Everybody agrees on the importance of having a system of measurement for interactive media in order to include it proportionately in campaign planning and buying. How to achieve that is another matter. In the Digital Marketing Insight report from the Atlas Institute, senior research analyst John Chandler-Pepelnjak shows how advertisers can more easily incorporate online advertising into their overall advertising mix by bringing the industry standard metrics of reach, frequency, and GRPs from traditional ad media into the online world.
The Atlas report points out that about two thirds of North Americans are online and reachable through online advertising, and that 12% of media consumption is on the Internet. But online advertising currently accounts for only 3% or less of overall U.S. ad dollars. Chandler-Pepelnjak notes that advertisers are not taking greater advantage of the widespread consumer adoption of the Internet because online media planning has lacked the metrics advertisers are accustomed to offline. Advertisers have had to turn to site traffic and sales data instead. So it has been difficult to make apples-to-apples comparisons across media and plan a media mix accordingly.
Is it possible to develop an “apples” comparison? David L. Smith, president and media director of Mediasmith, says, “The base data for reach and frequency from other media comes from the survey-based suppliers, [but] the Web is different. When a banner or other type of ad is served, it is rarely exposed to the full audience of the site or even the full audience of the page. As a result, there is no relationship between the site’s audience and the audience for the advertising.” He posits that it seems logical to combine User Centric Measurement (collected from survey companies) with Server Centric Data (collected from third-party ad servers) to provide site population estimates with demographic compositions and historical user-level frequency data. This makes it easier to equate traditional and online ad measurements, even if it lacks the authority of statistical proof.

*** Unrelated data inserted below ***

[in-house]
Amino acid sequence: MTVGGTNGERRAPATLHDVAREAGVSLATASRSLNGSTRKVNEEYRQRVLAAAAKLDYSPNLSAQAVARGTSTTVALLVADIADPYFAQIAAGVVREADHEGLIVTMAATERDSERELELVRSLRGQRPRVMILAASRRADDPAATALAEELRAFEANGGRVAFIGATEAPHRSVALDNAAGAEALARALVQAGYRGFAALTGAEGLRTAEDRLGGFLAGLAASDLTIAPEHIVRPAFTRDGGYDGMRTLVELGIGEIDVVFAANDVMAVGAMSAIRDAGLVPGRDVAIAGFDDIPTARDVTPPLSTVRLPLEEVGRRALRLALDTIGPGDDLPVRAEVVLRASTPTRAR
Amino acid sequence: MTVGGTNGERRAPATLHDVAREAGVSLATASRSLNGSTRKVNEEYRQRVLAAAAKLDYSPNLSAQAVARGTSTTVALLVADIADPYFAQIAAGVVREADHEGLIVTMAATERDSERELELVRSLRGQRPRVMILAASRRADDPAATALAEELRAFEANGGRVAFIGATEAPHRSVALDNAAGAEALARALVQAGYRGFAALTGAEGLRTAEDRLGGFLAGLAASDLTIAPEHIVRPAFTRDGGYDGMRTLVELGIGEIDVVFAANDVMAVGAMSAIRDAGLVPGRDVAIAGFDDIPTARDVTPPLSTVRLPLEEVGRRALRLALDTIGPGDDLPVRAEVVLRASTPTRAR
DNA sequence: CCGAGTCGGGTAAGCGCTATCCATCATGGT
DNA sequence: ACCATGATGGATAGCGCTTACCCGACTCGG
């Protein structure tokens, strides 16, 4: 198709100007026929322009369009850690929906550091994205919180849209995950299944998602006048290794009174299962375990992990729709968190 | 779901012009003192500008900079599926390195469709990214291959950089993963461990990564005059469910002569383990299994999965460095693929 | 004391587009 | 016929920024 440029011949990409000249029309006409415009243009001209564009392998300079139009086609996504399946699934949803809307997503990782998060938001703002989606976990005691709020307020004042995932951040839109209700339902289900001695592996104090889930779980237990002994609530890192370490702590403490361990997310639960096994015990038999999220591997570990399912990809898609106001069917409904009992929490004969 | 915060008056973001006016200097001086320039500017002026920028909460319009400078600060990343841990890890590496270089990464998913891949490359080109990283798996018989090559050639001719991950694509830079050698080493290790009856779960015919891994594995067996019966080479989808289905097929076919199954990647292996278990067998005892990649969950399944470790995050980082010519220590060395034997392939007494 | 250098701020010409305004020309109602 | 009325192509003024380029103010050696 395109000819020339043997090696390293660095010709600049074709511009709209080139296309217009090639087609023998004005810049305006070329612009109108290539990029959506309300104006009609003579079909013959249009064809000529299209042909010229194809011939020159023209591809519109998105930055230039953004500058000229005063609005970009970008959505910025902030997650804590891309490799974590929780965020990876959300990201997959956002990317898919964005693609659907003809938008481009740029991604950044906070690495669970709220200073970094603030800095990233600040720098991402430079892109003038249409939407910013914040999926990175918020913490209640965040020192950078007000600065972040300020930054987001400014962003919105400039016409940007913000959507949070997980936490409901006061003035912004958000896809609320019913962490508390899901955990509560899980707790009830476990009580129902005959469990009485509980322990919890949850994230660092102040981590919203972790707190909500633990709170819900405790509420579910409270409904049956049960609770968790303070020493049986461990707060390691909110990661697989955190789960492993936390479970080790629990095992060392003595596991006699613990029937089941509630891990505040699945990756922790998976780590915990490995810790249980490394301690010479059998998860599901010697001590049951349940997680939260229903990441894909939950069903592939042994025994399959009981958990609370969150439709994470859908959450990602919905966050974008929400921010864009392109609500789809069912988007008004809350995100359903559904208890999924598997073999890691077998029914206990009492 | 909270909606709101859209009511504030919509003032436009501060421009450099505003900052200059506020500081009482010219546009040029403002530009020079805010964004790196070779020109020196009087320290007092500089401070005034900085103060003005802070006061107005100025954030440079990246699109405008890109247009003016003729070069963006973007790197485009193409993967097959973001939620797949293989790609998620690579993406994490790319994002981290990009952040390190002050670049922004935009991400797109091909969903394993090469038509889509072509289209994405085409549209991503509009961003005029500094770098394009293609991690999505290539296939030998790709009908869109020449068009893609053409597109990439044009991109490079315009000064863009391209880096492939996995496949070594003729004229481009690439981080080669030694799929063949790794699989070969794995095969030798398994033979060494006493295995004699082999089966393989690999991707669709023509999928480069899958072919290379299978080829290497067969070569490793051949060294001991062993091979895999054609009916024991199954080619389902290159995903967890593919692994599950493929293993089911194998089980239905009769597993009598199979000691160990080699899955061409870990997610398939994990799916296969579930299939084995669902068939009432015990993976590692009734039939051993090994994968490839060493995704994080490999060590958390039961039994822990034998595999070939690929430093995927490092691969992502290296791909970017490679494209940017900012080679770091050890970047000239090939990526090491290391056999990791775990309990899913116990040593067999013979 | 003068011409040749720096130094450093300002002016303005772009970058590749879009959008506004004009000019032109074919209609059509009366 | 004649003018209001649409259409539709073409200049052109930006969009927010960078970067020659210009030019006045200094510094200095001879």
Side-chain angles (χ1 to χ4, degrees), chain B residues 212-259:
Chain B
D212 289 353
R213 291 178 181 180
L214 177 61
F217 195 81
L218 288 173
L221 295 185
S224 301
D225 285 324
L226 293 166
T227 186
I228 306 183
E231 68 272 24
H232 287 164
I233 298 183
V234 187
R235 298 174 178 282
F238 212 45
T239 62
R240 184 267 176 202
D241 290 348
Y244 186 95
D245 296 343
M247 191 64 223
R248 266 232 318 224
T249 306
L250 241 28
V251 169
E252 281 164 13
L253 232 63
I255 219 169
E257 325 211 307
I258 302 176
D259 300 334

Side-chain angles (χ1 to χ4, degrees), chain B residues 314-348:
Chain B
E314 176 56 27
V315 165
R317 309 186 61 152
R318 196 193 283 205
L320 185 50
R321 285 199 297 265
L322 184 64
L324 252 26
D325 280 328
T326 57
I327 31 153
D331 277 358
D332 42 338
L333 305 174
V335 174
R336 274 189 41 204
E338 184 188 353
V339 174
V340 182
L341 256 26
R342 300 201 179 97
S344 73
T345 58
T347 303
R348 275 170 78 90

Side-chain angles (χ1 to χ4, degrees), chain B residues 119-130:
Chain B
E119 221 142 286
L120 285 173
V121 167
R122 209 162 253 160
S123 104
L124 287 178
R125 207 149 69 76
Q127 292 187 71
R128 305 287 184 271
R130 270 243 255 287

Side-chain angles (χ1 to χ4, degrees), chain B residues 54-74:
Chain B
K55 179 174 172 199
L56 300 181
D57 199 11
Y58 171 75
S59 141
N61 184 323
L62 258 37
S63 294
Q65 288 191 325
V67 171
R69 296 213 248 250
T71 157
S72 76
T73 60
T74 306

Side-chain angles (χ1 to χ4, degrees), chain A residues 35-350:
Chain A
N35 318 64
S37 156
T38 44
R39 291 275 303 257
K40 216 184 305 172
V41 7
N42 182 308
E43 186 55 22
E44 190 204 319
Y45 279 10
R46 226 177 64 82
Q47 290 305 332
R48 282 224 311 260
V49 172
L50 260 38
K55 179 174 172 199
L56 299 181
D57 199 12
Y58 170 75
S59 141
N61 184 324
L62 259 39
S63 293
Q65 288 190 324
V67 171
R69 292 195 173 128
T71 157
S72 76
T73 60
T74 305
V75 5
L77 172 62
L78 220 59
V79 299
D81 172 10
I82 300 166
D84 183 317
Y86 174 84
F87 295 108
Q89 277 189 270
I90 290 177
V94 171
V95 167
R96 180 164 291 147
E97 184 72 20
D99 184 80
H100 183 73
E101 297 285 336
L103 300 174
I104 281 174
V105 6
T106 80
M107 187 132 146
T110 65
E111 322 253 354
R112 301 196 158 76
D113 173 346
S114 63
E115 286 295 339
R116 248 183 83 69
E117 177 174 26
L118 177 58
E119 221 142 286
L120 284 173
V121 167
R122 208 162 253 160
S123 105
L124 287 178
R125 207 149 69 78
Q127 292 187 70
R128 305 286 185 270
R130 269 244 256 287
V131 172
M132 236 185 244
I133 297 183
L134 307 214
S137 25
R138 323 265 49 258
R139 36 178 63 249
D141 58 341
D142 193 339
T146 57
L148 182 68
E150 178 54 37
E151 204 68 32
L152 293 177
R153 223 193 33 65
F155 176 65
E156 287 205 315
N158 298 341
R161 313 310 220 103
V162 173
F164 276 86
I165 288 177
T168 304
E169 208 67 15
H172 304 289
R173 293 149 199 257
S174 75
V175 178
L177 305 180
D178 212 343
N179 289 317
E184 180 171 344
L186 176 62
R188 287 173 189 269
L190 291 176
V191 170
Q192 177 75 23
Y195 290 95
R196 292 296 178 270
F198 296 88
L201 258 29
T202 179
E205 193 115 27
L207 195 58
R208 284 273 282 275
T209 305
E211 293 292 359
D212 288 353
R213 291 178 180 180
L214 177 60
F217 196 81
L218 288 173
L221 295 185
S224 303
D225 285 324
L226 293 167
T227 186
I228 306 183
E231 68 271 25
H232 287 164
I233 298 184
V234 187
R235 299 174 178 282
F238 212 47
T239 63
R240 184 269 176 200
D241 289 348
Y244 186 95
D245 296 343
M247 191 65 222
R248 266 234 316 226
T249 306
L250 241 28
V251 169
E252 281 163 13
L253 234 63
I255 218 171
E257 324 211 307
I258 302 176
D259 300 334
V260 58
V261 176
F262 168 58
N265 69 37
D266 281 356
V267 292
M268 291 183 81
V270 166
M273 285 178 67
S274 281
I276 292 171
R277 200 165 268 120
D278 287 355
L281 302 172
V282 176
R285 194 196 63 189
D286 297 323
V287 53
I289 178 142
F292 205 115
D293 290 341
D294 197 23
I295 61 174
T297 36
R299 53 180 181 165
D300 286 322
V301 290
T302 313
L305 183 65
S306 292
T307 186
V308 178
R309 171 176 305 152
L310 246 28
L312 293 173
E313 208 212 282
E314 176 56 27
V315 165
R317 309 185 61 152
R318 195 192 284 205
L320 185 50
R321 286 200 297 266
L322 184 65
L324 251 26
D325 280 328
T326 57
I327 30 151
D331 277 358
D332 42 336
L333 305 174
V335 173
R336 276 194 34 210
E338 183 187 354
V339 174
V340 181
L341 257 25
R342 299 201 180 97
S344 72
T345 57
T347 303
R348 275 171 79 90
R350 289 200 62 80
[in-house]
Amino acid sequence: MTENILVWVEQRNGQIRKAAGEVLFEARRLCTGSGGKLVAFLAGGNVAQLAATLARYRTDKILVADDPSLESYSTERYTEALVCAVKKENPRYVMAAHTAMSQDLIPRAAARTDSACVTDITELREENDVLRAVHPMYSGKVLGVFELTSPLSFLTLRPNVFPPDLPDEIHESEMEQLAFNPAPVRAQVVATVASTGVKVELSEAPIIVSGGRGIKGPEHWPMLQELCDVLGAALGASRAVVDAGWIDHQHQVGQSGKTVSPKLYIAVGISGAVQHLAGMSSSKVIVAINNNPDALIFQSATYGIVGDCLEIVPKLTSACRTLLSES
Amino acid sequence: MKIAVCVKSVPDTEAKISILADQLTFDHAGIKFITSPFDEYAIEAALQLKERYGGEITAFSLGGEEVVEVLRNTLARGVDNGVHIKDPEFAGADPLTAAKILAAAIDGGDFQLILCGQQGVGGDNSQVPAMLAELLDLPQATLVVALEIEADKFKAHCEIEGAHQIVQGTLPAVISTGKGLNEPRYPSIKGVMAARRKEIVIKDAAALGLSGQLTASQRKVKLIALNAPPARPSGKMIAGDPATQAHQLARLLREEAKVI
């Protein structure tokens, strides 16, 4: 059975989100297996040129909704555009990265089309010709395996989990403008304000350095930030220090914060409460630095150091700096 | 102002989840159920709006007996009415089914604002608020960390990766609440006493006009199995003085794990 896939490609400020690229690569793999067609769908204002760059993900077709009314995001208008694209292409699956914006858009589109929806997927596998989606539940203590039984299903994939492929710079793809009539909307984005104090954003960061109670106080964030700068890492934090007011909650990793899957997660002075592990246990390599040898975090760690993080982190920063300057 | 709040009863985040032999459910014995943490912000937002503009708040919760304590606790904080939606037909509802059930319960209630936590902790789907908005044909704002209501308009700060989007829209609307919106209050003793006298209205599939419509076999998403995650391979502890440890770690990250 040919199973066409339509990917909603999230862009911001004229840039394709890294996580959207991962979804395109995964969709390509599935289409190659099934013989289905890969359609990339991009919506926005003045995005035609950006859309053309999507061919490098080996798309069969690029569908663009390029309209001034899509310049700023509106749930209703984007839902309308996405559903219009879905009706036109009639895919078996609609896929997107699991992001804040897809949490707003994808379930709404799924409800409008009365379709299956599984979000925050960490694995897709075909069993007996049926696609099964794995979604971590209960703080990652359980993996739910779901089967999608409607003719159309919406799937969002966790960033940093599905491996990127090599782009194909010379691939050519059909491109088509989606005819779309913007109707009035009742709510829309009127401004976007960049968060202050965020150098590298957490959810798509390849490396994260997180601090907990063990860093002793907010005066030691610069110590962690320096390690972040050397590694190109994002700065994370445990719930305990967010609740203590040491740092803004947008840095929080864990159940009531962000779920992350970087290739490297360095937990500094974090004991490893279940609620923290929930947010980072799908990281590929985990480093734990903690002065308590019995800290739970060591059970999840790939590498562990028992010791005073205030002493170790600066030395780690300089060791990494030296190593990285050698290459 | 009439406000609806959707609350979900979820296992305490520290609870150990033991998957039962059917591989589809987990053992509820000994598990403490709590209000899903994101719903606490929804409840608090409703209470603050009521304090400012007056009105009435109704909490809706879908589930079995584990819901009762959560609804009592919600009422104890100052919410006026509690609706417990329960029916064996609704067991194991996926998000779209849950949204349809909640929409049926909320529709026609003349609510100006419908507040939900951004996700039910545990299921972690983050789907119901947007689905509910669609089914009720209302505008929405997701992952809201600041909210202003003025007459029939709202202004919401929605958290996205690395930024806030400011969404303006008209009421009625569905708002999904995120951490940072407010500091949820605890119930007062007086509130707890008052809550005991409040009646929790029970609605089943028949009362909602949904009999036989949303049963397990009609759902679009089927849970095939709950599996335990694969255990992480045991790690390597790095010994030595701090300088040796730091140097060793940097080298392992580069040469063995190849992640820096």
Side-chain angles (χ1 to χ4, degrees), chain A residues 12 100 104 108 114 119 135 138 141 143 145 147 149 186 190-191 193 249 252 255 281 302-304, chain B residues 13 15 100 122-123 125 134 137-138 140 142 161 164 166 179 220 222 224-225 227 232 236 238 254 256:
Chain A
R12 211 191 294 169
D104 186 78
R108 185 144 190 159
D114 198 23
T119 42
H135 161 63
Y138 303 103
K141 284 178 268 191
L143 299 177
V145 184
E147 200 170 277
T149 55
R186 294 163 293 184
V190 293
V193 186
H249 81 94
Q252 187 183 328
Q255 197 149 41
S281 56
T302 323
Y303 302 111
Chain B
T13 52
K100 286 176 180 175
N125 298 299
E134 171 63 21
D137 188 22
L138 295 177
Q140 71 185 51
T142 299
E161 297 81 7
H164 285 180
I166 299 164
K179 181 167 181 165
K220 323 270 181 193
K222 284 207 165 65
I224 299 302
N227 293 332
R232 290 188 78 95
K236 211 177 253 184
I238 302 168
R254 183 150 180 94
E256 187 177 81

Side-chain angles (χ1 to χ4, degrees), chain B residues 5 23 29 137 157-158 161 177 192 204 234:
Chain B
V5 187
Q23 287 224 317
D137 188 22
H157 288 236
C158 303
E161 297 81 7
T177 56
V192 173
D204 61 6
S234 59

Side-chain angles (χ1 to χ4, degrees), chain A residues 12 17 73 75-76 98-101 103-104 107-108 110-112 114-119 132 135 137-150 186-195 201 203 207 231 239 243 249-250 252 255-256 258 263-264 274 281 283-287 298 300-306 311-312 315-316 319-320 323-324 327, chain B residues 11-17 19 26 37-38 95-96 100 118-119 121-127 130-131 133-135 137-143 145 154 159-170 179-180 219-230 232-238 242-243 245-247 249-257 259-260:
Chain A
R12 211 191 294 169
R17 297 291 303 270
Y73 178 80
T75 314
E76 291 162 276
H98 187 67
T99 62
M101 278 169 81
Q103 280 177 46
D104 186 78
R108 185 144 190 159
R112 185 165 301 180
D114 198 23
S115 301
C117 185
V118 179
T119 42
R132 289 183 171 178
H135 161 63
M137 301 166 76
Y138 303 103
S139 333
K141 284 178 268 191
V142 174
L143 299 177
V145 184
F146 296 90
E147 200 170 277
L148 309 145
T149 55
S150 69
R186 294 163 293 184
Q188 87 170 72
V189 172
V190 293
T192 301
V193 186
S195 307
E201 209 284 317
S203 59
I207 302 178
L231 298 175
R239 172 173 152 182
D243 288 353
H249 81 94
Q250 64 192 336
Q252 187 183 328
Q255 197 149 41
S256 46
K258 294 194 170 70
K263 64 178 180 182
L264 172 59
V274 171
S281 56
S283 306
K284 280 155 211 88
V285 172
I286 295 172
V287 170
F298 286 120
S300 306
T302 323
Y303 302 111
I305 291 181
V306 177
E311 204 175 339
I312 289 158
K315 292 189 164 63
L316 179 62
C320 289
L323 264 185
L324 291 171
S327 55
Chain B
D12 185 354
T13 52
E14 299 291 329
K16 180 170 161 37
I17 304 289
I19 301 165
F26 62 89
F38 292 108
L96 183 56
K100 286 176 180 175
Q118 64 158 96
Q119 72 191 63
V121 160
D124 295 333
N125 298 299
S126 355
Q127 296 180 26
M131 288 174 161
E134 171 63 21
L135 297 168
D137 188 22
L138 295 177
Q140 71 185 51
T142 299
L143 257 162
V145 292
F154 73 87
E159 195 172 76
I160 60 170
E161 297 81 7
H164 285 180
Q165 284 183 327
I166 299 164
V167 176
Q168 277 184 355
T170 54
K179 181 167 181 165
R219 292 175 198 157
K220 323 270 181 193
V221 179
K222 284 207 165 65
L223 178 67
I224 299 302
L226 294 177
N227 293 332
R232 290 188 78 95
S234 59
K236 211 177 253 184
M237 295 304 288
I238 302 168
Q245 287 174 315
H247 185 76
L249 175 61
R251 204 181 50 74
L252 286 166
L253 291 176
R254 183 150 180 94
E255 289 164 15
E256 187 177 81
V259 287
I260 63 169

The Digital Marketing Insight report further supports the fact that online reach calculations are much more complicated than the traditional media “total number of viewers of a particular campaign.” A campaign of 1 million impressions on a site with 1 million unique users may reach only a small percentage of the site’s population. Therefore, when predicting online reach, consideration must be given to frequency distributions; run rate; surfing behavior, which plays a large role in reach/impression dynamics (on some sites 5% of users may see 70% of the total impressions shown); and other subtleties such as site overlap.
So is it really the traditional “R/F/GRP” measurements that ad agencies are lacking to incorporate more Internet advertising, or is their reluctance due to the perception that i-ads deliver less bang for the buck? Though the Internet is seen to be three times faster than TV and preferred by three quarters of the U.S.-based advertising executives in a study by I/PRO, the ROI is thought to be half as much as TV…so TV gets the play. Bottom line is the bottom line!